A majority of baby boomers say they want to work in retirement, but U.S. companies are only just beginning to try to figure out how to accommodate that, according to a study released Thursday.
A survey conducted for financial services firm Merrill Lynch & Co. found that 71 percent of adults hope to work in retirement, with many looking for part-time jobs or an opportunity to move in and out of the work force — perhaps during a period as a long as 10 years.
Earning money is just one of the reasons, and it ranks third, the study found. The two leading reasons are to remain mentally and physically active, and many want to try new professions.
Most employers, meanwhile, aren’t ready for the shift that could affect thousands of their workers, given that the oldest of the 77 million-strong baby boom generation turn 60 this year.
Asked how prepared their companies were for boomers reaching retirement age, just 24 percent said their companies were “on track” to deal with the retirements. Some 27 percent said they were “in the midst of preparing,” 17 percent said they were just getting started, and 31 percent said their companies hadn’t given it much thought.
Michael Falcon, managing director and head of the retirement group at Merrill Lynch, said he believed this would change.
“Levels of awareness of the importance of keeping experienced workers are rising,” he said. “After the baby boomers, there’s a trough. ... Many industries are going to need to retain these workers.”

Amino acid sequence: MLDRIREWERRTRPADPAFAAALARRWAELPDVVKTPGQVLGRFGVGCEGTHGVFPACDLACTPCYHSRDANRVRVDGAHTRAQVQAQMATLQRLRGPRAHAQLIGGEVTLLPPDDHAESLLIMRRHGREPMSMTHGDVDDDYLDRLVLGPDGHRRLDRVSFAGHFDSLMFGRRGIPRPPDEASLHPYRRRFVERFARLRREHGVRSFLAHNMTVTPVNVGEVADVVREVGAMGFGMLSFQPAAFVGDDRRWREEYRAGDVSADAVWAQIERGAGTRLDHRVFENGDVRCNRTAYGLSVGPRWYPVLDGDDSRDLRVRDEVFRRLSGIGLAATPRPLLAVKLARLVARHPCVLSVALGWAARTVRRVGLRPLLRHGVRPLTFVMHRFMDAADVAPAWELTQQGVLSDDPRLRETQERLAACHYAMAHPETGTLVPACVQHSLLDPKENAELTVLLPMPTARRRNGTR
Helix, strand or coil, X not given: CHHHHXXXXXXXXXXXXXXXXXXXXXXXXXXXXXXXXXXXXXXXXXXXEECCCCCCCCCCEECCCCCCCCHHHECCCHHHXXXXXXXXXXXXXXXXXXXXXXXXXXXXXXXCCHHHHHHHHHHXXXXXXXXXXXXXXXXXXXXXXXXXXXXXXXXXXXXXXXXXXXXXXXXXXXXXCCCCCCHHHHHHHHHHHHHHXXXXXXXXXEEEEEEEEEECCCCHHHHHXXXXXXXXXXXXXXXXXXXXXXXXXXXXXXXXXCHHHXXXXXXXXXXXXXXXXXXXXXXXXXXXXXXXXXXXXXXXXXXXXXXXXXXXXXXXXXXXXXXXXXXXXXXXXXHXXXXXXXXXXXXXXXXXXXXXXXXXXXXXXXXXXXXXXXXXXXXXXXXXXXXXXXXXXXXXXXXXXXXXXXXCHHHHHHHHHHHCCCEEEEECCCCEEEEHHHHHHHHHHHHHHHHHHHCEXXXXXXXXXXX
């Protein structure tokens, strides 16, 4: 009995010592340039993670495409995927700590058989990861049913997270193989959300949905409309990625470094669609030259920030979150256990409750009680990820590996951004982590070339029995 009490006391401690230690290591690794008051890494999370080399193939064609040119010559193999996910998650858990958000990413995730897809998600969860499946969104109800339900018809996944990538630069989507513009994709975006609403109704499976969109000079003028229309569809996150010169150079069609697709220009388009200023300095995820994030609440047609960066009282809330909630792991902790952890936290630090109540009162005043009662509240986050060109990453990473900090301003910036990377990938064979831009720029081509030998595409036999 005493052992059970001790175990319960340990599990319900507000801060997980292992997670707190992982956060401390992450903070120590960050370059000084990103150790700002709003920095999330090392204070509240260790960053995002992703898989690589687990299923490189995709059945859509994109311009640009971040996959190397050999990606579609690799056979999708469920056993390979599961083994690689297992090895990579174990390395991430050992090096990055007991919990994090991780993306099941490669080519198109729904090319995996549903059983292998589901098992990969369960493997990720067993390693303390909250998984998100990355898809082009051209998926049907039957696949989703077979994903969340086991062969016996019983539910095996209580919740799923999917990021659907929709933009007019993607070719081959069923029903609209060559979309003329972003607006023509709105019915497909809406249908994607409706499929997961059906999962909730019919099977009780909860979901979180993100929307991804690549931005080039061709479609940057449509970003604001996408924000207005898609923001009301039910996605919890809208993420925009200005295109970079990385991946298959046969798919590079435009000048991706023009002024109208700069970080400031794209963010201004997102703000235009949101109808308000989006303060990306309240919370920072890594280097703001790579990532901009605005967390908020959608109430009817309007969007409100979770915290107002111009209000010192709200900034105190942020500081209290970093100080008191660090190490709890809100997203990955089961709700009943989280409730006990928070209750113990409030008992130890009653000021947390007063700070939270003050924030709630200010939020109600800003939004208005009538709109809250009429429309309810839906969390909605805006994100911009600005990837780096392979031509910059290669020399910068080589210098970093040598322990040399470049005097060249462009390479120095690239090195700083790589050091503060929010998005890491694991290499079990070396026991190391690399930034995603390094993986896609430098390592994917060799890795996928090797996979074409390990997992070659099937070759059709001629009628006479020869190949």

At the same time, many of the baby boomers want to remain productive, he added.
“These people don’t want to be done,” Falcon said. “People are saying, ’I am still relevant, I have something to offer.”’
The study conducted by Harris Interactive involved online interviews with more than 5,000 adults aged 25 years to 70 years, and telephone interviews with executives in more than 1,000 companies.
While 70 percent of the companies said they had identified areas where they might lose highly skilled workers, setting up systems to retain older workers was not a priority. Instead, most companies were focused on modifying their benefits packages, assessing how to attract younger talent or changing compensation packages to help retain workers.
Cynthia Hayes, head of employer plan solutions at Merrill Lynch, said that part of the disconnect has to do with the changing nature of retirement.
“Retirement now is an attitude as much as an event,” she said. She noted, for example, that the survey found that 40 percent of those 55 to 59 consider themselves “retired,” yet more than half of them were working or expected to work in retirement.
She said that some “pioneer” companies already were moving to attract older workers with programs such as telecommuting, more-flexible work schedules and opportunities for coaching and mentoring. Other attractions can be phasing in retirement or giving part-time and seasonal workers better access to health insurance, she said.